Archive for March, 2011
by Shelly Pinnock
Lauderhill, Fla., Church hosted a Community Fair to inform Broward County residents of available assistance with employment, finances, and/or medical questions. Minority Builders Association, Florida Immigrant Advocacy Center, Workforce One, and Broward County Community Action Agency were among many social service organizations present.
There were more than 80 attendees, including those who normally come for weekly food distribution. Every person could browse exhibits and collect information from organizations’ representatives.
by Joy Hunter
With chilly winter nights in the forecast, representatives from Clearwater Church Community Services Center presented 105 quilted lap robes to veterans at Bay Pines VA (Veterans Administration) Healthcare in St. Petersburg, Fla. For 35 years, volunteers have worked tirelessly to sew lap robes for the veterans.
Joan Holm, Community Services director, and her husband, Eric, work five days a week at the Clearwater Church’s Community Services thrift store, in addition to distributing free clothes and food for the needy. Two volunteers who regularly work at the center are not Seventh-day Adventists.
by Frank Runnels
The opening enrollment in Florida Conference schools has increased by 17% over last year. There are currently 2,756 students enrolled in Christian education throughout the Conference.
These enrollment figures do not include 900 kids who are in early childhood classrooms, which is the largest number in the North American Division. More than 150 teachers assist with this program that acts as a feeder system for Conference elementary schools.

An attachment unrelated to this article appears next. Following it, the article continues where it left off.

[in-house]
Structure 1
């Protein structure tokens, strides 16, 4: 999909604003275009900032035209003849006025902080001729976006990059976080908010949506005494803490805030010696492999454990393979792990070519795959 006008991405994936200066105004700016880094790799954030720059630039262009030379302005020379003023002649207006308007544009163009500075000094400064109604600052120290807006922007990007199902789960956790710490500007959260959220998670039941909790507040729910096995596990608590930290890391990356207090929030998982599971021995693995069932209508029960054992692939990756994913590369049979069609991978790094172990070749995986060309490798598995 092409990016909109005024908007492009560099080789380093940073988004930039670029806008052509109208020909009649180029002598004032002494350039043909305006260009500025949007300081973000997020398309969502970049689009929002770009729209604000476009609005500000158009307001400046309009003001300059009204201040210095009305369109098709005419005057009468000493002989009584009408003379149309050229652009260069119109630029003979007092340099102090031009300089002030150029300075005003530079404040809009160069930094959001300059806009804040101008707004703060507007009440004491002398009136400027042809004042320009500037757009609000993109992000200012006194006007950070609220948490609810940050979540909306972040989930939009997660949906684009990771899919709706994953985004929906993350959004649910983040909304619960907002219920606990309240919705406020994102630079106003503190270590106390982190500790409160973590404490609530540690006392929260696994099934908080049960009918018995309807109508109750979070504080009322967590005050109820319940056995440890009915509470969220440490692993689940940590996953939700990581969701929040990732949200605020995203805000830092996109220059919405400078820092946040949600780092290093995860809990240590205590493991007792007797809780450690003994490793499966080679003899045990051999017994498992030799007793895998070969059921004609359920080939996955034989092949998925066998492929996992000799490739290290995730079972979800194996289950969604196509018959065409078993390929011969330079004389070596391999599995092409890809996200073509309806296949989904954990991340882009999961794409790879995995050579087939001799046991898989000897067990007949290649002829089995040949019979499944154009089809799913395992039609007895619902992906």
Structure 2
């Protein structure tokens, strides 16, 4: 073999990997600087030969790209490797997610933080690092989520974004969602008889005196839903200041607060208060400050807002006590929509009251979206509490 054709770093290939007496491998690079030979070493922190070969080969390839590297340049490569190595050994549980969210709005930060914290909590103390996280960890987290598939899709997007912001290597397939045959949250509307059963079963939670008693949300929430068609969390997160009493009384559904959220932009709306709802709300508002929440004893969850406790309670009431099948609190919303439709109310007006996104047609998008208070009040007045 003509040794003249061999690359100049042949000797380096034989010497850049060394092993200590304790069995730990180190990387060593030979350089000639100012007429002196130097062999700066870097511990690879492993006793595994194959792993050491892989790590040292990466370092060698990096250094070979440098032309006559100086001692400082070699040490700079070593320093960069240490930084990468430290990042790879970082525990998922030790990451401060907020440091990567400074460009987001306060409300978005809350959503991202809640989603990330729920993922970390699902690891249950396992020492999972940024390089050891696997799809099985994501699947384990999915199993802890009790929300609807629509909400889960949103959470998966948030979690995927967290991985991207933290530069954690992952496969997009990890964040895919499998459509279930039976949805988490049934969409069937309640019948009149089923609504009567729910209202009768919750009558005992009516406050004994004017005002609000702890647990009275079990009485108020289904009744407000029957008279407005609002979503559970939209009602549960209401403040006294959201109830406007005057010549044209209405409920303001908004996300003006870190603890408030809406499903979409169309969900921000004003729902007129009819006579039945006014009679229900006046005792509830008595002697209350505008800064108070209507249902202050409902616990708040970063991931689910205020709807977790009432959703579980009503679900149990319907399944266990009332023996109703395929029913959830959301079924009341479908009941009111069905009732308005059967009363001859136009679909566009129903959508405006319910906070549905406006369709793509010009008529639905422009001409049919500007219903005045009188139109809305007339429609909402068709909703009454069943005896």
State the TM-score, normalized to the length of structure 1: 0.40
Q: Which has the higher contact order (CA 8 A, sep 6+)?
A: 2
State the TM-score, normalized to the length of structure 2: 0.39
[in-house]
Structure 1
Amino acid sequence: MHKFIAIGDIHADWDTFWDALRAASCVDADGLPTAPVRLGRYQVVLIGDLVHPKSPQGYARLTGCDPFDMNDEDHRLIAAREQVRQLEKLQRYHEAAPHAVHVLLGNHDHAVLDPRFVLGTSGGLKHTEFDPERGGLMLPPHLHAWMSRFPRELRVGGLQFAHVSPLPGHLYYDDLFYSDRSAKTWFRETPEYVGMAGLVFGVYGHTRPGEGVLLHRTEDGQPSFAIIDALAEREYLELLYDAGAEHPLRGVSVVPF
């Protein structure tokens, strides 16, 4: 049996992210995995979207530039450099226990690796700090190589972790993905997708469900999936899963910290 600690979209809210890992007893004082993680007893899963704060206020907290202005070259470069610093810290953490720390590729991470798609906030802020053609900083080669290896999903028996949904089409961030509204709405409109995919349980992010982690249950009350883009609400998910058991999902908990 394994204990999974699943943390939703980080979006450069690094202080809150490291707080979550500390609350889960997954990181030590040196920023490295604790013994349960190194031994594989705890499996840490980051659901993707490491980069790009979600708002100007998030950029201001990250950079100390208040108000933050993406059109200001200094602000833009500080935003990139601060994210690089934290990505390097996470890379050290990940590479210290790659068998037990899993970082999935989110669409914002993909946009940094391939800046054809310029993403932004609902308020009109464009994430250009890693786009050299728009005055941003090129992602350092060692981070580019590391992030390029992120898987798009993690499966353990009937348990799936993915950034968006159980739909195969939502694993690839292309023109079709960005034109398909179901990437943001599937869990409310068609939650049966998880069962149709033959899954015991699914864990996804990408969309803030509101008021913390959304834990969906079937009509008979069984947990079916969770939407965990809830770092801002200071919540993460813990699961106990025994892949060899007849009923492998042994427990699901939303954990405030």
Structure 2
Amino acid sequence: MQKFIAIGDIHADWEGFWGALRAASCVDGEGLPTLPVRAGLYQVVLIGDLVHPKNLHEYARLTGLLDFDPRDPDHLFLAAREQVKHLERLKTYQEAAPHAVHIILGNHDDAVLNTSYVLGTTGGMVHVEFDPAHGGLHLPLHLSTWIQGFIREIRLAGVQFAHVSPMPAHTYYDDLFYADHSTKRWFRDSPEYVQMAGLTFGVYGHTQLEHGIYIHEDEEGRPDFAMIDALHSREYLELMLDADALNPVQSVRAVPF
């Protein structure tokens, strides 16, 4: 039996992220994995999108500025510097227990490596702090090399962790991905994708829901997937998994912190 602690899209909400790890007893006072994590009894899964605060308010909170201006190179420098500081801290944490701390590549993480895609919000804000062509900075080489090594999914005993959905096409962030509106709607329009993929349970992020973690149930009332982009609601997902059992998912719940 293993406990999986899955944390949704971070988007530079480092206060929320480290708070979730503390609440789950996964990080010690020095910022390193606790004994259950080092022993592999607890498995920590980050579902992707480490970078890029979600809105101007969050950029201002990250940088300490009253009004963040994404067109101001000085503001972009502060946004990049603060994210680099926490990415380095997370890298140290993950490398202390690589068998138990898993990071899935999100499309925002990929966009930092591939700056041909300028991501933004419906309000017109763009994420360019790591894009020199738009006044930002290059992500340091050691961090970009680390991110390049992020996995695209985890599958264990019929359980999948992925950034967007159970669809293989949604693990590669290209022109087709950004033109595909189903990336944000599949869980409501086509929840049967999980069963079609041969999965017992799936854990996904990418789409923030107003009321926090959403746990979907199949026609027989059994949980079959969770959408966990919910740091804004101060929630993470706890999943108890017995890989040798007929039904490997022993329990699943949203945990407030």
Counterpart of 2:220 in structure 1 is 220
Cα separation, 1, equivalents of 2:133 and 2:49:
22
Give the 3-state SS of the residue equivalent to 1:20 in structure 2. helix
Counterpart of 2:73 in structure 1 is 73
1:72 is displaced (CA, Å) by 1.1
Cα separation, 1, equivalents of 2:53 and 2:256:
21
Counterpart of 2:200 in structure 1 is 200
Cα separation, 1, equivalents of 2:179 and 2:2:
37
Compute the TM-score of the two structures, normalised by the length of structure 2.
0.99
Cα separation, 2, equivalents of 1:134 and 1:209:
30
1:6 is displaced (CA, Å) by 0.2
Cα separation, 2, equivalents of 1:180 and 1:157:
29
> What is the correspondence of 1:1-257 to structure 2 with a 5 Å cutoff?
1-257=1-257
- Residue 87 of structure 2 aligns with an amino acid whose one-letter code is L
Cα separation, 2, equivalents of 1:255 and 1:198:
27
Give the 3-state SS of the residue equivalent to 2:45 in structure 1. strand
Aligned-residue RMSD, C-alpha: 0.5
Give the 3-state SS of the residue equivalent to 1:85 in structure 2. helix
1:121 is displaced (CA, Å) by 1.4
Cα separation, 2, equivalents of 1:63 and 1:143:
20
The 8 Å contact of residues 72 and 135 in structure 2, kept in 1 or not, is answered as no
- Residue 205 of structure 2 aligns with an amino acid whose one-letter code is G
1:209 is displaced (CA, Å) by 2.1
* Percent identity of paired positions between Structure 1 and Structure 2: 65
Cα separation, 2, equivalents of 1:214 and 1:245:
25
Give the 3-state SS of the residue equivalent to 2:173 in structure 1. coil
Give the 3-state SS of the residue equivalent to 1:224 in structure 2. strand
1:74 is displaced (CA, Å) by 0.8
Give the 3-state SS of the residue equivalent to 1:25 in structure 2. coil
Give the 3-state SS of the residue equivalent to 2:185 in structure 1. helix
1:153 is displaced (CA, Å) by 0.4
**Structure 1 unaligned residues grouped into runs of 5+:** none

The Adventist school system was ordained by Christ. It is intentional that Christ can have the highest priority. The students are beginning to learn to share and to be missional. Teachers enjoy working in the Adventist system because of the freedom involved.
There are currently 30 schools in the Conference, and that number is steadily increasing. Several constituencies are planning to reactivate former schools or organize new ones for next year.
Article reprinted from Step Up For Students newsletter
Jacob Whaley is what his teachers would call a model student at James E. Sampson (JES) Memorial School in Fort Pierce, Florida, where he always volunteers in class and can be found singing solos in front of his peers and the school staff.
Before enrolling in fourth grade at JES Memorial School, Jacob attended three schools, public and private. His grades were mediocre, and he had trouble understanding concepts in math and writing. Jacob’s parents feared for his safety in the public school he attended and were unhappy with the curriculum and lack of discipline in the classroom. They knew Jacob needed a different academic environment where he would feel comfortable.
Hearing about the State of Florida’s Step Up for Students Scholarship Program, Jacob’s parents enrolled him in a private school. Though relieved to have found this financial assistance to place Jacob in a new setting, “concepts still weren’t clicking with him,” said his mother, Marilyn Whaley. When they chose to enroll Jacob at JES Memorial School, he was scoring below average on standardized tests, and was also very reserved.
During his first year at JES Memorial School, Jacob’s parents saw tremendous changes in him. “Jacob is attending a school where he feels safe,” says Whaley. “We know he is more challenged and more focused than ever before, and we have seen very positive changes in him.”
His teachers echo those sentiments as well. Principal Deborah Dahl calls Jacob the school’s “little preacher,” and says he stands above the crowd in his sixth-grade class. “I have seen Jacob blossom in all areas,” says Dahl. “He does not respond to peer pressure, and he always volunteers to be a leader.” Jacob is blessed with musical talent; he plays the steel drums, saxophone, and often sings solos at school.
Jacob has come a long way from the shy boy he was when he entered JES, but it isn’t just an improved confidence. Jacob’s testing scores have increased dramatically, and his experience at JES is what Dahl calls a real success story. “He has made excellent progress, and it is very obvious, ” she says. “Jacob has improved tremendously, and he is an asset to our school.”